David King's marvelous 1999 book The Commissar Vanishes recounted how enemies of the Soviet state were literally removed from history, as books, photos, and other records were redone with those unfortunates edited, airbrushed, and otherwise obliterated from memory.
Macy's hopes to do the same with Chicago’s Marshall Field's department store.
Marshall Field's was a retailer with a 150+ year history in the Chicago area, qualifying it as an institution as much as a commercial entity could qualify. But, like other regional department stores, it lately found itself ailing in its competition with large discounters, small specialty stores, and the ubiquity of online shopping.
It was a perfect candidate for a buy out/roll up suitor, and starting a few years ago, it was bought by Target's parent, then May Stores, Federated, and finally renamed Macy's late in 2006.
Since then, sales have collapsed, consumers have organized boycotts, and the health department found bugs habituating the food court. A guy threw himself over an atrium railing to his death. Clearly, people miss Field's.
So now Macy's has set out to erase Marshall Field's from history.
The Chicago Tribune reports that Macy's plans to "tap [the] iconic store’s history" to lure shoppers back. Special seasonal displays will celebrate Field's/now Macy's traditions. An exhibit with the Chicago Historical Society will let Macy's feature 100 years of the store's history. There'll be a special club area for elite Macy's customers, and a glossy magazine. Chicago designers will be invited to show their stuff at the store.
In other words, Macy's will be marketed as a Chicago institution.
Only it isn't, irrespective of what the branding hopes to claim otherwise.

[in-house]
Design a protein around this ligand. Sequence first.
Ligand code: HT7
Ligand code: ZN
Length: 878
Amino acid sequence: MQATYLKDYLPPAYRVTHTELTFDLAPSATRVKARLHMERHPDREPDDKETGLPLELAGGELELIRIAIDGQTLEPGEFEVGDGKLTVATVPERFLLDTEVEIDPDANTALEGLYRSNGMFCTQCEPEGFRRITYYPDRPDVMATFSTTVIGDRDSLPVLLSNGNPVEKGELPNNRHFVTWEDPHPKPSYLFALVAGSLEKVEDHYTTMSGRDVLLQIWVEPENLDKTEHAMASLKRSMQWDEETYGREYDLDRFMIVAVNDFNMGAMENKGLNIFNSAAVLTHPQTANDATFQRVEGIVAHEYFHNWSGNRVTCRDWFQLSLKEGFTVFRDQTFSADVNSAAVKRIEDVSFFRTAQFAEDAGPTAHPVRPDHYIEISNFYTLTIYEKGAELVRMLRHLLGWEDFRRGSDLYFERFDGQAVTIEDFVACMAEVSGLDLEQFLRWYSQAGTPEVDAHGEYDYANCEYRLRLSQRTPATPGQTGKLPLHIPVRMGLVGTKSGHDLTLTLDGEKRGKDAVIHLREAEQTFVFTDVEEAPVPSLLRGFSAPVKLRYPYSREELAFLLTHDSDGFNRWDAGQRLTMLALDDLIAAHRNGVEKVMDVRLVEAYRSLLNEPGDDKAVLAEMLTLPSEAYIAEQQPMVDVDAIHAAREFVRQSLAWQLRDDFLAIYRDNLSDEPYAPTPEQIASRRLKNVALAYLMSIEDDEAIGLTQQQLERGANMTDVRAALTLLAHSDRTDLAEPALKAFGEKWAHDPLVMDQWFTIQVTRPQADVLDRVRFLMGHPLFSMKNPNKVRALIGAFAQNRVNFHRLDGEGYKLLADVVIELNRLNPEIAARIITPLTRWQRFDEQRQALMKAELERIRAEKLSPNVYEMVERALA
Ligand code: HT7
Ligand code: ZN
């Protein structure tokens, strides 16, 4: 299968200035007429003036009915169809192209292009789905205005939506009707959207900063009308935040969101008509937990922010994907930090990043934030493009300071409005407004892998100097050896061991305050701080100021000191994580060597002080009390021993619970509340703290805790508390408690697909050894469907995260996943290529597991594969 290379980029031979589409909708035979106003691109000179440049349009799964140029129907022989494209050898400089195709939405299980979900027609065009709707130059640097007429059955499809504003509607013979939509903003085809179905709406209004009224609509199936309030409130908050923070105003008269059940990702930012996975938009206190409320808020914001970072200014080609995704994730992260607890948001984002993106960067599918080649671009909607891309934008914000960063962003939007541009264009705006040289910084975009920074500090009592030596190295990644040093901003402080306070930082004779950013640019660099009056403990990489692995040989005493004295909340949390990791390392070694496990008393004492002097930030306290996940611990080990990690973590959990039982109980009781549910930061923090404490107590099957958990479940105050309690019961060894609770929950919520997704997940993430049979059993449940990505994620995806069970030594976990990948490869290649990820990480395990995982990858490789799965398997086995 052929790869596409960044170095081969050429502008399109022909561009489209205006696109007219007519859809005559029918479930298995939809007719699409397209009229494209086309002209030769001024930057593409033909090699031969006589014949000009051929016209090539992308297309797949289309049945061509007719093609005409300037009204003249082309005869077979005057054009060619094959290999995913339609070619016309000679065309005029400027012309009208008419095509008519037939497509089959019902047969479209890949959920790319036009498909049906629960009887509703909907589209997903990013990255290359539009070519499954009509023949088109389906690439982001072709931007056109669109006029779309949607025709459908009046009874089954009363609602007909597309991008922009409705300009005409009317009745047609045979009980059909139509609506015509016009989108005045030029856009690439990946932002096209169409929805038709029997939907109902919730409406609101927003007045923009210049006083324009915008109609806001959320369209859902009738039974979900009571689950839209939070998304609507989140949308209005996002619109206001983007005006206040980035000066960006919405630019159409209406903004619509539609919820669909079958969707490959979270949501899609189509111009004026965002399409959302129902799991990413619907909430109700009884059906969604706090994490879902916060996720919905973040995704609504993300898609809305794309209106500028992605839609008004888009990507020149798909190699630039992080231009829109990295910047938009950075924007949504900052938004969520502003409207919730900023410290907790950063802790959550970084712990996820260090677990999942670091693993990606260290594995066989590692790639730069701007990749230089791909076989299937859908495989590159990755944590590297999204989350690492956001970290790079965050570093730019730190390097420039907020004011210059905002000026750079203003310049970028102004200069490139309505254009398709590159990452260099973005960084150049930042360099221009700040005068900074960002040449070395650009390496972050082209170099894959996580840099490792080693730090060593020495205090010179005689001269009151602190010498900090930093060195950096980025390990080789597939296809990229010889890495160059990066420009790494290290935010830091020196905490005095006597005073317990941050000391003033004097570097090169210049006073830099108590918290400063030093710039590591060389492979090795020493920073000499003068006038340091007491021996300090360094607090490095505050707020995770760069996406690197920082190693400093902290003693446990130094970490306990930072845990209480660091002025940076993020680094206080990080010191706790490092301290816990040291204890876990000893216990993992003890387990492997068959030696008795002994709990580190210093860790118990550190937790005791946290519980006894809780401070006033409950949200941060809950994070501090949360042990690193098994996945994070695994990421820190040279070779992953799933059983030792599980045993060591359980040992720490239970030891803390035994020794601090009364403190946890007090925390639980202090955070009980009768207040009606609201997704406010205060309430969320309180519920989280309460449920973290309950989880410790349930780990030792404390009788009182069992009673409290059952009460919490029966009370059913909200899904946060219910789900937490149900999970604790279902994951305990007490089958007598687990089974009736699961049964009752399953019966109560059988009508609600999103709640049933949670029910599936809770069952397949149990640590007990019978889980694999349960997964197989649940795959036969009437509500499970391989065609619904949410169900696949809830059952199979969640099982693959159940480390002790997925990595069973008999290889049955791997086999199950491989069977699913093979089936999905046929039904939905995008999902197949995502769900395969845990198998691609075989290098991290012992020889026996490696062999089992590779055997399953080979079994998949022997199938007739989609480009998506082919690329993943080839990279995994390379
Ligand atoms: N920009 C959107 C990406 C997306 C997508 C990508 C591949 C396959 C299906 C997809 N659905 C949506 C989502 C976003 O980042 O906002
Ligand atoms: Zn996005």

Macy's brings absolutely nothing to the Chicago marketplace that Field's didn’t already offer. It's not making shopping any better, faster, cheaper, or happier. Consumers get nothing more from walking under the Macy's logos than they did from Field's, other than a sense of unease and loss.
The store vanishes, and Chicagoans sense that an experience has been lessened because it has been usurped.
The same Tribune story revealed that Macy's also plans to fire lots of Field's corporate employees, and reduce the incentives and support for store people right before the 2007 holiday season starts. This is brilliant financial strategy, as I'm sure the value of the acquisition was calculated on how much Macy's could save by integrating operations, and then nixing the overlap.
However, it's an idiotic branding fantasy.
People didn't shop at Field's because of the brand name as much as because of what the store did, sold, and offered. They didn't experience the Field's brand as much as find branded experiences: it was always about the store, and not a logo or name. The brand was just the label.
So when Macy's breezes into the marketplace and erases that name – only to slap its own name on a bunch of marketing ploys that are neither special, or especially relevant to Chicagoans – it's not rebranding as much as evidence that it's dismantling its business model. Coupled with the purposeful employee duress (unhappy salespeople are not good for shopping experience), and you don't have to be a particularly bright bulb to see where this is all going…
...they're positioning the business to sell it again.
And, sure enough, KKR, a private-equity firm, reportedly made a tender offer on July 19. So perhaps Macy's slogan-deep rebranding of Field's was only intended to last long enough to flip the thing. That's one of the benefits of branding that means nothing, and accomplishes less.
My advice: if the sale goes through, KKR should revive Field's. Invite Chicagoans to return to the institution. Use the opportunity to throw new, different things into the store, all under the cover of inventing a new century of consumer experience...in Chicago, by Chicagoans, and for the city. Be the good guys. Make a giant hoohah over it.
Then they can sell it for more money in a few years. And so the store vanishes again.
Welcome to the consumer gulag, comrade.